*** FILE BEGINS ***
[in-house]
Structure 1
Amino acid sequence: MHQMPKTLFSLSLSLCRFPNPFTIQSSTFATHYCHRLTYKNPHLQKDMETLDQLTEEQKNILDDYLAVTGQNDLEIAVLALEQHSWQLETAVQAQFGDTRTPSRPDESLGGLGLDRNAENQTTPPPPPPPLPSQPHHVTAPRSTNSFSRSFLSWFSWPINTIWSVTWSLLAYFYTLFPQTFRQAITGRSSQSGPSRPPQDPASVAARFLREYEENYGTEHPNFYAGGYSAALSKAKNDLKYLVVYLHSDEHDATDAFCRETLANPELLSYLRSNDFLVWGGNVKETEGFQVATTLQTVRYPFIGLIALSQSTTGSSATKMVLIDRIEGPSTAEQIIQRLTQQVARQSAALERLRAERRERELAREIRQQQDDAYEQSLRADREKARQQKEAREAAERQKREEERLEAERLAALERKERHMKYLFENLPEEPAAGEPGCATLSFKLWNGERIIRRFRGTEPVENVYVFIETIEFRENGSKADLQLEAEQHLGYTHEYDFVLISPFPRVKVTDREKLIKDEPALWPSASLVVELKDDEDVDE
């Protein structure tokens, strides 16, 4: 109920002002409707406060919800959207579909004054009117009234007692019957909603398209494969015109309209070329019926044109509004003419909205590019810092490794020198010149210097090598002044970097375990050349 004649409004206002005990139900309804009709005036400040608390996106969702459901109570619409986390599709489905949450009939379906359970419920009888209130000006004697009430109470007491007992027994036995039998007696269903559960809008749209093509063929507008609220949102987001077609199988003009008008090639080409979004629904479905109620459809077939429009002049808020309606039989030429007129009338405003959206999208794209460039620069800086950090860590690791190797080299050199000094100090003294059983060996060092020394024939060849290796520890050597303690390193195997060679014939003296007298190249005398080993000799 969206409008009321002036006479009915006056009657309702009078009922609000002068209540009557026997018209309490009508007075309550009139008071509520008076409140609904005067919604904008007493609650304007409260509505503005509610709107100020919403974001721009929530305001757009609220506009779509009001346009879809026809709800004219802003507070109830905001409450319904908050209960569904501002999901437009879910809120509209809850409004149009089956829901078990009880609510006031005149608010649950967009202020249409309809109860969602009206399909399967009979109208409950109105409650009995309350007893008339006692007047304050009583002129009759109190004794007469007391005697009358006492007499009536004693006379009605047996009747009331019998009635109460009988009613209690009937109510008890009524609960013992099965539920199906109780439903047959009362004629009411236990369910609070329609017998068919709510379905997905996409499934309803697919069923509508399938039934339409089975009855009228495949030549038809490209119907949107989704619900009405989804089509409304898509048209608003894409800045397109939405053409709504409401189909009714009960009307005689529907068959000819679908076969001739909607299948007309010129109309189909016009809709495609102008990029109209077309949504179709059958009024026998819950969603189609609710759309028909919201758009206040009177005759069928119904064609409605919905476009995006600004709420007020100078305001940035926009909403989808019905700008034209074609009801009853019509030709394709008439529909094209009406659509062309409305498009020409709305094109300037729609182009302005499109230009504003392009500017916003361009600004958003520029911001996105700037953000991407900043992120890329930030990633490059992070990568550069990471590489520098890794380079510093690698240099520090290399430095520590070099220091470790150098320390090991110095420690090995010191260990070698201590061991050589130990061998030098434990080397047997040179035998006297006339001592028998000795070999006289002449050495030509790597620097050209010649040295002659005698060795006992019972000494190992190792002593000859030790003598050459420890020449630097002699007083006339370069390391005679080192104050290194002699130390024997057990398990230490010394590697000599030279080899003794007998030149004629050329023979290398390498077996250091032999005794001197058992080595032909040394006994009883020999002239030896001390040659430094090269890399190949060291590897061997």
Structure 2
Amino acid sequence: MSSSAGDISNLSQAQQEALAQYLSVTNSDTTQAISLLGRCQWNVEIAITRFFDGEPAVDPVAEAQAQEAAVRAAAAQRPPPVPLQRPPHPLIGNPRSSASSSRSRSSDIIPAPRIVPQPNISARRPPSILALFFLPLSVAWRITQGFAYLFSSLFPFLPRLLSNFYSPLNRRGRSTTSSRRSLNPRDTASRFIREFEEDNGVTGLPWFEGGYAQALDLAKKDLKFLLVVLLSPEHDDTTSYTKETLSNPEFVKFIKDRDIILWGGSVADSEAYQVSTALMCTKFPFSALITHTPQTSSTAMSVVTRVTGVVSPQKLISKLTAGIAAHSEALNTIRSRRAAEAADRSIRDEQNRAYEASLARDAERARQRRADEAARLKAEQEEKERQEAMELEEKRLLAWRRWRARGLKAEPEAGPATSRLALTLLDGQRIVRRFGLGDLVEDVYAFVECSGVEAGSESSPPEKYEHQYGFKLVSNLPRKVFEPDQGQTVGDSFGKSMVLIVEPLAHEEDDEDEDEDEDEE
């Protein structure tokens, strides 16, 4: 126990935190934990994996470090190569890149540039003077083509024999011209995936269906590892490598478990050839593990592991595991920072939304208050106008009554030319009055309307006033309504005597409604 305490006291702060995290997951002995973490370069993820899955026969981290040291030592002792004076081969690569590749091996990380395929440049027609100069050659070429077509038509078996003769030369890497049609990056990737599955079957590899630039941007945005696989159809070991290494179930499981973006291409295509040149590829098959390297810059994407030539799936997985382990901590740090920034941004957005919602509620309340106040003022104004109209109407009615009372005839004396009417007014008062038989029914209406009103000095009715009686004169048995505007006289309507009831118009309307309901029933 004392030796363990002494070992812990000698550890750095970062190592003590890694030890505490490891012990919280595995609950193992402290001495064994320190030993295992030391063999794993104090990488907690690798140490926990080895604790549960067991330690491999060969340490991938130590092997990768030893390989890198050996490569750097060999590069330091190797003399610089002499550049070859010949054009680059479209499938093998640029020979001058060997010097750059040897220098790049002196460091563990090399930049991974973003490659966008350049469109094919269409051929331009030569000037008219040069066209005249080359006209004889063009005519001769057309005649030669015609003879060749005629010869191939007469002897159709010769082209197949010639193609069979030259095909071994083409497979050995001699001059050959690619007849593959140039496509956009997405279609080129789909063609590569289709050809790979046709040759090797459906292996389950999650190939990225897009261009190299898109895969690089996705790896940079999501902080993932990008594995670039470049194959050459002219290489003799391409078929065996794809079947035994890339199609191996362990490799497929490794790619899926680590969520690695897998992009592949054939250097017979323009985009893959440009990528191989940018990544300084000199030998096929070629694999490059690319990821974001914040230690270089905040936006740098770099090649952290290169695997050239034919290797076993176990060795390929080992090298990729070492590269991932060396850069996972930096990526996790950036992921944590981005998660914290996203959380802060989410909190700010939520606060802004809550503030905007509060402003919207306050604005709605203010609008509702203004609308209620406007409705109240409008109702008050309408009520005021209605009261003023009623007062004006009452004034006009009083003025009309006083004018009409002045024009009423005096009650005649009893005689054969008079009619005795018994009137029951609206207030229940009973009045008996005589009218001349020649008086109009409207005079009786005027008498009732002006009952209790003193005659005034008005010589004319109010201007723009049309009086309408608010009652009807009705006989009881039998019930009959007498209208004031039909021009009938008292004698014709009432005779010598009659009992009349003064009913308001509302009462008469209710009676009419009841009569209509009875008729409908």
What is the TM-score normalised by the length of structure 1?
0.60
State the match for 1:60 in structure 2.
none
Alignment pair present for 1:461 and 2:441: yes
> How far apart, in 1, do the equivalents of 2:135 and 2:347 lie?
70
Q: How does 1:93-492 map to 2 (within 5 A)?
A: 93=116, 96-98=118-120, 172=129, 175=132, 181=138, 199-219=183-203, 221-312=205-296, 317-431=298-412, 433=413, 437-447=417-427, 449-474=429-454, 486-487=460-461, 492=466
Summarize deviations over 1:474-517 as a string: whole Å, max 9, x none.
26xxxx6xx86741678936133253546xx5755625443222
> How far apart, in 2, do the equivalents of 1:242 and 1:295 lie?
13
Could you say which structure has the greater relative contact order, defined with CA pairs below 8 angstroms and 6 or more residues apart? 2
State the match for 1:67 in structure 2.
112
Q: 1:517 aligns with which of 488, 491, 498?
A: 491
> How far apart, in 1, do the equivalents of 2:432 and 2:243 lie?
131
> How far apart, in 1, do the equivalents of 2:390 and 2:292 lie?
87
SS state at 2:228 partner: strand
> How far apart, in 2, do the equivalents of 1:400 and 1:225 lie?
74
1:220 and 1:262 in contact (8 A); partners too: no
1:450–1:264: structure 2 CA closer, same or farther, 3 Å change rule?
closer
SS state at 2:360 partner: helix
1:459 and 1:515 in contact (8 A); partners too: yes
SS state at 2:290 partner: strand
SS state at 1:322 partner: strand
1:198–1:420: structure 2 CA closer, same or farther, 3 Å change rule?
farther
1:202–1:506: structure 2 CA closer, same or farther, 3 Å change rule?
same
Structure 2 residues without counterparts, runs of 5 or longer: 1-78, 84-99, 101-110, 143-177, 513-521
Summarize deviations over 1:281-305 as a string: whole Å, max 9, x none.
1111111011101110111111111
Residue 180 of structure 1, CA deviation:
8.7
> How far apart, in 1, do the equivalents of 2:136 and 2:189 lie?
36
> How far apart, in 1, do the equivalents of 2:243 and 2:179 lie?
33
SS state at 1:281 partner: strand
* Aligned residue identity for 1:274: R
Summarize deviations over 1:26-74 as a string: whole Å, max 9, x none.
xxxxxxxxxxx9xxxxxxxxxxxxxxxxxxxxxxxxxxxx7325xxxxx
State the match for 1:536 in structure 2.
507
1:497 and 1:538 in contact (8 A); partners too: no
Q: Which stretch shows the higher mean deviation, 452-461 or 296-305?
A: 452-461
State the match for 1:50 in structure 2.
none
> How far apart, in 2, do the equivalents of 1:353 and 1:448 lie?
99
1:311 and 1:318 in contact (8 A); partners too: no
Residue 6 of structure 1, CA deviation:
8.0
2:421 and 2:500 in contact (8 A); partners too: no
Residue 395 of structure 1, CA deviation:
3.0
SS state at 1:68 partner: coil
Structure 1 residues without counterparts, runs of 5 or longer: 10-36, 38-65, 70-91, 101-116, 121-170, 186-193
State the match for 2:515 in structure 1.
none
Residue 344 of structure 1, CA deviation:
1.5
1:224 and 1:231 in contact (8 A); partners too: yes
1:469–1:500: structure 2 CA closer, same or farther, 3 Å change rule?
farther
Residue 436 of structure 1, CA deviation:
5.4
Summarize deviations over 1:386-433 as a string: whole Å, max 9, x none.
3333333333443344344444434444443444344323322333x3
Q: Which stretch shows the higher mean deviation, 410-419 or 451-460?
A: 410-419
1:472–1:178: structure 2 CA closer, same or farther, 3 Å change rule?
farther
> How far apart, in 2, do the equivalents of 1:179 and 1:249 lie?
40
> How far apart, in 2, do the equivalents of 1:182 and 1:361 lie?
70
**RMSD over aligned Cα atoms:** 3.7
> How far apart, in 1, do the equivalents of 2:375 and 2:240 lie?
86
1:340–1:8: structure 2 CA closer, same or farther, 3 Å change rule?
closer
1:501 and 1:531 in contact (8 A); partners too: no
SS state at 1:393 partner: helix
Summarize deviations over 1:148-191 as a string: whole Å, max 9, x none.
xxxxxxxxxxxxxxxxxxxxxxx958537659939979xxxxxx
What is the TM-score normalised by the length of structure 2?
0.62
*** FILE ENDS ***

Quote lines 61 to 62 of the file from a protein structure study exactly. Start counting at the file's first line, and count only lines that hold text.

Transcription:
A: 452-461
State the match for 1:50 in structure 2.